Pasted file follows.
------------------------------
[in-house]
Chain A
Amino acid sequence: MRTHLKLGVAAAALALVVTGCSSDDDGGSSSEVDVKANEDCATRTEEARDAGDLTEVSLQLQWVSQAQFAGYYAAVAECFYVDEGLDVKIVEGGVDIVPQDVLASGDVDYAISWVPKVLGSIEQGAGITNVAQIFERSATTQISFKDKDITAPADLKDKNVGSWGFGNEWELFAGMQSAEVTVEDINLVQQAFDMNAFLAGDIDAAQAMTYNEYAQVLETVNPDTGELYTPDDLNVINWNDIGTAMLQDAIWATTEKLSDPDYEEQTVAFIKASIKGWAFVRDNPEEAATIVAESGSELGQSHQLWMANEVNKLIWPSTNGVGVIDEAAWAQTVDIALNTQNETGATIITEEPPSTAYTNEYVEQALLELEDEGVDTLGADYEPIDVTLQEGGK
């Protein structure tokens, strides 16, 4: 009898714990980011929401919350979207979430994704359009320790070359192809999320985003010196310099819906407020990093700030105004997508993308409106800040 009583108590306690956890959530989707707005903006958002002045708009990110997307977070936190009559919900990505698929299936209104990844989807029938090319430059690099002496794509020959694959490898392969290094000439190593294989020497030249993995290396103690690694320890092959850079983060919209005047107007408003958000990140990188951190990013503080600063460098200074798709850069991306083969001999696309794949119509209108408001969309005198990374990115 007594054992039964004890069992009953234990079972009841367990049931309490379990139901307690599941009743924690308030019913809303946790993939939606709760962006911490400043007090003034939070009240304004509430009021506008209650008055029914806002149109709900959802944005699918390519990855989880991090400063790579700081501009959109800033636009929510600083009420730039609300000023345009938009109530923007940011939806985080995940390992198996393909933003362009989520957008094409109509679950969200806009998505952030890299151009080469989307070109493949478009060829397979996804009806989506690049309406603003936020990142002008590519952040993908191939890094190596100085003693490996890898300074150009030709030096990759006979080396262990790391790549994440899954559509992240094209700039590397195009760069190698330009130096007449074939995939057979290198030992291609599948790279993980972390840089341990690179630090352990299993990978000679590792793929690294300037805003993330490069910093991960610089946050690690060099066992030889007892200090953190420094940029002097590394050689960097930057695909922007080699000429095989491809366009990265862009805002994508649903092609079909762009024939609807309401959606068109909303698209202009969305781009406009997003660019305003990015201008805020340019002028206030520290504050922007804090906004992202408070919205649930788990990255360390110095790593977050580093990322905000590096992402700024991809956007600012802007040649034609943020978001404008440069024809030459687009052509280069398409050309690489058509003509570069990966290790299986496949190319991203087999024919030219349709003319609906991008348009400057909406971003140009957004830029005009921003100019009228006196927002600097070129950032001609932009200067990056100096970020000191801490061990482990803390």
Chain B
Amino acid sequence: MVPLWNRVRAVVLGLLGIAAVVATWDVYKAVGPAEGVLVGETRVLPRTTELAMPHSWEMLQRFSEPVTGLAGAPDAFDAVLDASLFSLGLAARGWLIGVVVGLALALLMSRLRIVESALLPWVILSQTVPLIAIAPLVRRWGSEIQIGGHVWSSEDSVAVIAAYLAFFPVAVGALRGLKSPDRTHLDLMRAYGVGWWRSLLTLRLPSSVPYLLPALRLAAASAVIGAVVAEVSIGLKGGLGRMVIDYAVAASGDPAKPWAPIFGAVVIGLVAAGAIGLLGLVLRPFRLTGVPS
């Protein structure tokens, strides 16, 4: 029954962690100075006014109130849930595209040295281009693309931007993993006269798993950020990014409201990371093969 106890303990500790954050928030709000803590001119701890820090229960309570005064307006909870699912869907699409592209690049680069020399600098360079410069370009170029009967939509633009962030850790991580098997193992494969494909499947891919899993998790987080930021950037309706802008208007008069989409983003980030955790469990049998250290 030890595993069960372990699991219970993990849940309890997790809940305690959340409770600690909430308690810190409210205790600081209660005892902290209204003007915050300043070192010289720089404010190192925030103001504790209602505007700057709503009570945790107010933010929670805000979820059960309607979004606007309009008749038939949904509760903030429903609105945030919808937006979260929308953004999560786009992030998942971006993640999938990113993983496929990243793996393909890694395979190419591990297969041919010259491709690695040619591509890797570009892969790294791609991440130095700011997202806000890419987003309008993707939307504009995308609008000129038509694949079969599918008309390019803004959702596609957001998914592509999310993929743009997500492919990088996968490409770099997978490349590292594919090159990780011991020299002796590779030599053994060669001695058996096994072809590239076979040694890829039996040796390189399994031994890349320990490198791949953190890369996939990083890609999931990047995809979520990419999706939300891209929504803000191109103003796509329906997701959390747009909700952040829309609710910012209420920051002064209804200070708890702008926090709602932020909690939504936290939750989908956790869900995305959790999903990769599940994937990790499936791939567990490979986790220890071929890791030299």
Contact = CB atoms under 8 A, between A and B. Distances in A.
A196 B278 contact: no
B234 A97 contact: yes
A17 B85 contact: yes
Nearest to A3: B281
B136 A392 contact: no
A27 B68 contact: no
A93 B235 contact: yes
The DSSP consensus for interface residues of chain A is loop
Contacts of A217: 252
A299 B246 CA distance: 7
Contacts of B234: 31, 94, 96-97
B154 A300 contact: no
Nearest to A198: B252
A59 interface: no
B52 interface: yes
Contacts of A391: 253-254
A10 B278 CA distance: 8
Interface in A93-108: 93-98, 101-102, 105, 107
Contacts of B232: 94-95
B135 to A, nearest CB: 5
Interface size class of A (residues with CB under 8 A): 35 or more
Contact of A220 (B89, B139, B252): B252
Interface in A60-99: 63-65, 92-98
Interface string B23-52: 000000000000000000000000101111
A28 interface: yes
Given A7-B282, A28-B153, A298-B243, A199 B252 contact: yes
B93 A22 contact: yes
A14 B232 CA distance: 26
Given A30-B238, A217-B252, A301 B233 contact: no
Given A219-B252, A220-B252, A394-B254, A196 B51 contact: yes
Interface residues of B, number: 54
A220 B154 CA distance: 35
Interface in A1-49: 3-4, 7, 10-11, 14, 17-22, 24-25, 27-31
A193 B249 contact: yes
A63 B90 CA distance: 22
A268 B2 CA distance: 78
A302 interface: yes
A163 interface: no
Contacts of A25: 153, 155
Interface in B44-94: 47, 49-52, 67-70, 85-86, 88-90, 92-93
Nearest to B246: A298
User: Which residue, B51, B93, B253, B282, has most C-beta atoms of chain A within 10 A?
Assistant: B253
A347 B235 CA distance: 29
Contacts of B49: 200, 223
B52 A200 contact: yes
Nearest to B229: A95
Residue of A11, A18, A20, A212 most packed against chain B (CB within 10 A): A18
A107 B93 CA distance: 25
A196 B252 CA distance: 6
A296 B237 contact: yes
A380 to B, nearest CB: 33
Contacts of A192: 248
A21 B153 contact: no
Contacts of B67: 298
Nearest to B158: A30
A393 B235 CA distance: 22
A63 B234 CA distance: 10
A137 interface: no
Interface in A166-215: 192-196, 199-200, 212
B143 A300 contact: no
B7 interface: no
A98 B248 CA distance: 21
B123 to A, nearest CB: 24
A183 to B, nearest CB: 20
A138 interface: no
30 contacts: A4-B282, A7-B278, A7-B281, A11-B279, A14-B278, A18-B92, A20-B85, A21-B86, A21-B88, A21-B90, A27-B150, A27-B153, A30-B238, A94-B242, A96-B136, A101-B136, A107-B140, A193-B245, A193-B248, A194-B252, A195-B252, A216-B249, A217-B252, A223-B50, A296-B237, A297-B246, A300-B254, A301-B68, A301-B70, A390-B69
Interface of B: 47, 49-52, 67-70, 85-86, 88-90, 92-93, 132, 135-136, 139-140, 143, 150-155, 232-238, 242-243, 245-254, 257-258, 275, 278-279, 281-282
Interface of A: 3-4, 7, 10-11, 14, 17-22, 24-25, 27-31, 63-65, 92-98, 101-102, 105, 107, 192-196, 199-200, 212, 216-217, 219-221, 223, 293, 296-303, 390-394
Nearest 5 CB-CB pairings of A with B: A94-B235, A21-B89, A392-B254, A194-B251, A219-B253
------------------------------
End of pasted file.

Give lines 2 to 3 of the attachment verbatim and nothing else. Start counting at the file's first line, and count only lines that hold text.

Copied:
Chain A
Amino acid sequence: MRTHLKLGVAAAALALVVTGCSSDDDGGSSSEVDVKANEDCATRTEEARDAGDLTEVSLQLQWVSQAQFAGYYAAVAECFYVDEGLDVKIVEGGVDIVPQDVLASGDVDYAISWVPKVLGSIEQGAGITNVAQIFERSATTQISFKDKDITAPADLKDKNVGSWGFGNEWELFAGMQSAEVTVEDINLVQQAFDMNAFLAGDIDAAQAMTYNEYAQVLETVNPDTGELYTPDDLNVINWNDIGTAMLQDAIWATTEKLSDPDYEEQTVAFIKASIKGWAFVRDNPEEAATIVAESGSELGQSHQLWMANEVNKLIWPSTNGVGVIDEAAWAQTVDIALNTQNETGATIITEEPPSTAYTNEYVEQALLELEDEGVDTLGADYEPIDVTLQEGGK